What gauge metal sheet to use for body repair

Discussion in '40- & 55-Series Tech' started by slickrock, May 10, 2010.

  1. I moved my rear axle back and had to open up my finders. I hate it. The wheel well is just too big now so I am going to get some steel and redo the openings following the origional wheel openings but don't know what the best gauge of steel is to get and some experience from someone that has done this would help.

  2. Poser

    Poser Oh...Durka Durka Durka. s-Moderator Supporting Vendor

    Where is the metal you removed from your tub?

    Take that to a sheet metal supplier and match it up. :idea:

  3. Trollhole

    Trollhole THC Moderator Supporting Vendor

    Mauldin, SC
    18ga is a little thin and 16ga is a little thick. I would use 16ga even though it's harder to work with.
  4. chicago

    chicago SILVER Star

    Reno, Nevada
    Ive been using 18 ga on the past 2 rigs ive built.
    I think the stock steel is 20 ga?
    16 would be a BITCH to work with if you needed to bend anything IMO.
  5. Fast Eddy

    Fast Eddy SILVER Star

    Morgan Hill, CA
    I've always thought you could cut out a big section from each side with the wheel well offset, and switch the two sides with very little hacking. Maybe too late, eh?
  6. LC_Hamma

    LC_Hamma The Anti-Leafer SILVER Star

    Dallas, Georgia
    I always use 16 ga. It's easy to work with, bending, curving & it rarely warps w/ careful spot welding, unlike the stock material. The best method I've found is to strike on the 16 ga. & let the weld mat'l. DRIP DOWN onto the stock panels. I'm too impatient when it comes to thin metal :D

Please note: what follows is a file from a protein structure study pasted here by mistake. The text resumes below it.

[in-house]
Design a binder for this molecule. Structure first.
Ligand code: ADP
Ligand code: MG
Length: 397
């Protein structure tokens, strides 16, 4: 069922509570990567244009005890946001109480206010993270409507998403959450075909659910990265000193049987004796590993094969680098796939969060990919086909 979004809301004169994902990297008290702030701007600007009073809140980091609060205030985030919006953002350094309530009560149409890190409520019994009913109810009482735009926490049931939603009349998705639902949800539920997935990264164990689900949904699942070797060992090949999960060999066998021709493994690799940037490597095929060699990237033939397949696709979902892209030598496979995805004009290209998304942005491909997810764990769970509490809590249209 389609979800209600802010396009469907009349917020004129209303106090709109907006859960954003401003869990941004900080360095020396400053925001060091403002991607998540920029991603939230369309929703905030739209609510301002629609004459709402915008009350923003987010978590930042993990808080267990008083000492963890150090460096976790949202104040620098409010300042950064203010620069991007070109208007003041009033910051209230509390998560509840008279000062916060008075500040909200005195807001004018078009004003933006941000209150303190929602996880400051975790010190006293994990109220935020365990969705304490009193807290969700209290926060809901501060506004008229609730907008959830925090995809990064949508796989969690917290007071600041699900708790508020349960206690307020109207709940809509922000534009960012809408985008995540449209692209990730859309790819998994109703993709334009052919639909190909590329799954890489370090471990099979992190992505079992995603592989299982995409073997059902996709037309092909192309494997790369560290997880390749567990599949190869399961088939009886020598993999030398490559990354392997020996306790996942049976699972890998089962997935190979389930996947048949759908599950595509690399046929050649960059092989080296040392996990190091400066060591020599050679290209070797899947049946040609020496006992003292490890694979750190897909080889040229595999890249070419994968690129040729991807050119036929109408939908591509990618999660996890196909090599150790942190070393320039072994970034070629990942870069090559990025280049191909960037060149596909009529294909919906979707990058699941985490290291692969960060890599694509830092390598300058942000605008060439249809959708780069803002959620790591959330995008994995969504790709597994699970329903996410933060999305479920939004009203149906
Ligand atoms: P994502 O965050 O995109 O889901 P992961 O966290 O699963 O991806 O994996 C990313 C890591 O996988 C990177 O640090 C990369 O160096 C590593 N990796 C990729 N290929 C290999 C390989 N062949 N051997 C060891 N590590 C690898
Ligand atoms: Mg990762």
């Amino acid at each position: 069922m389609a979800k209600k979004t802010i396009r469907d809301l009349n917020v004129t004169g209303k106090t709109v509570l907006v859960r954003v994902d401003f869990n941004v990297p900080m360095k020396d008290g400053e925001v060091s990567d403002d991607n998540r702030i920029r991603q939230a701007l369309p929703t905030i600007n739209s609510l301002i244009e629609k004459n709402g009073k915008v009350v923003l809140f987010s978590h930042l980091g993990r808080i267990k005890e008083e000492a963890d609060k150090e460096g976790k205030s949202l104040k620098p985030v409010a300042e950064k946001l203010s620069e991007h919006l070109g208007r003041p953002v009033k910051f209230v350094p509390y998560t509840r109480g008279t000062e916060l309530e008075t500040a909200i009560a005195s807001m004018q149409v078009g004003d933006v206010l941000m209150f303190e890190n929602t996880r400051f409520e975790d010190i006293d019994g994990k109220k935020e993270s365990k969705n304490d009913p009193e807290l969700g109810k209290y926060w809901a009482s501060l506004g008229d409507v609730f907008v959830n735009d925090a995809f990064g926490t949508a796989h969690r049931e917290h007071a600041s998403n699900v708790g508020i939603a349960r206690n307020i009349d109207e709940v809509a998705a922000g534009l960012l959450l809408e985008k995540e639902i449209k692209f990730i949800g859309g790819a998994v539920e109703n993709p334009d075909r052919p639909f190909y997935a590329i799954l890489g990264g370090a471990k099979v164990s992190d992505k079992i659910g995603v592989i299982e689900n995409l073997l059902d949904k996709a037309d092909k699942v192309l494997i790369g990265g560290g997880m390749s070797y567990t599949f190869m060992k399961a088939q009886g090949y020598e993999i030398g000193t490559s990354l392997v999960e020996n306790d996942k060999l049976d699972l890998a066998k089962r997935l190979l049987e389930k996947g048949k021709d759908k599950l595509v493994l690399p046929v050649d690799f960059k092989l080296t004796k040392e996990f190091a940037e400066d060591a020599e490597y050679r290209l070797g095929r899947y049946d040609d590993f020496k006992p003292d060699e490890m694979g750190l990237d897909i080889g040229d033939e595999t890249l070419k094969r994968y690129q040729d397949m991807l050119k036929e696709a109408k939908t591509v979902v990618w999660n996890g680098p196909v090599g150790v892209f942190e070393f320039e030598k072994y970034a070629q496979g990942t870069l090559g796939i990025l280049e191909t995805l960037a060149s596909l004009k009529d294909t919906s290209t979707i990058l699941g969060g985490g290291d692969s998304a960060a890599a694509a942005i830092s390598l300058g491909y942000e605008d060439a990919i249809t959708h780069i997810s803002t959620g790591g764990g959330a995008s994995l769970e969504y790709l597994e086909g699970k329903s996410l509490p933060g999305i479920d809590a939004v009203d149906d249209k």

7. FJforty


    Last edited: May 10, 2010
  8. In a perfect world, the metal would be left over from cutting the wells out and I could j swap sides, but because of some damage and fender flares, it wasn't worth keeping the scrap to try to rework it.

    It sounds like 16 gauge would be my best bet since I will not have to make any bends. My two welders are a 110 flux core and a 220 Arc welder. If it is too thin, these are not the best options for body work, but what I have to work with. I might burn through everything with 18g with the 220 (I think there are special rods for thin materials I might give a try) and have to be careful connecting to the stock metal. As there are welders with way more experience than I do, this is a lot of help.

    THanks for the advise. I have never done body work before so this will be a learning experience.

    FJforty, read your thread yesterday. Doing great work.
  9. shelfboy1

    shelfboy1 SILVER Star

    erie pa
    ive used 14 gauge for years strong easy to weld and easy to form .on my own rigs i use 1/4 " plate no worries off road.takes many years to rust and the extra weight in the winter works wonders.

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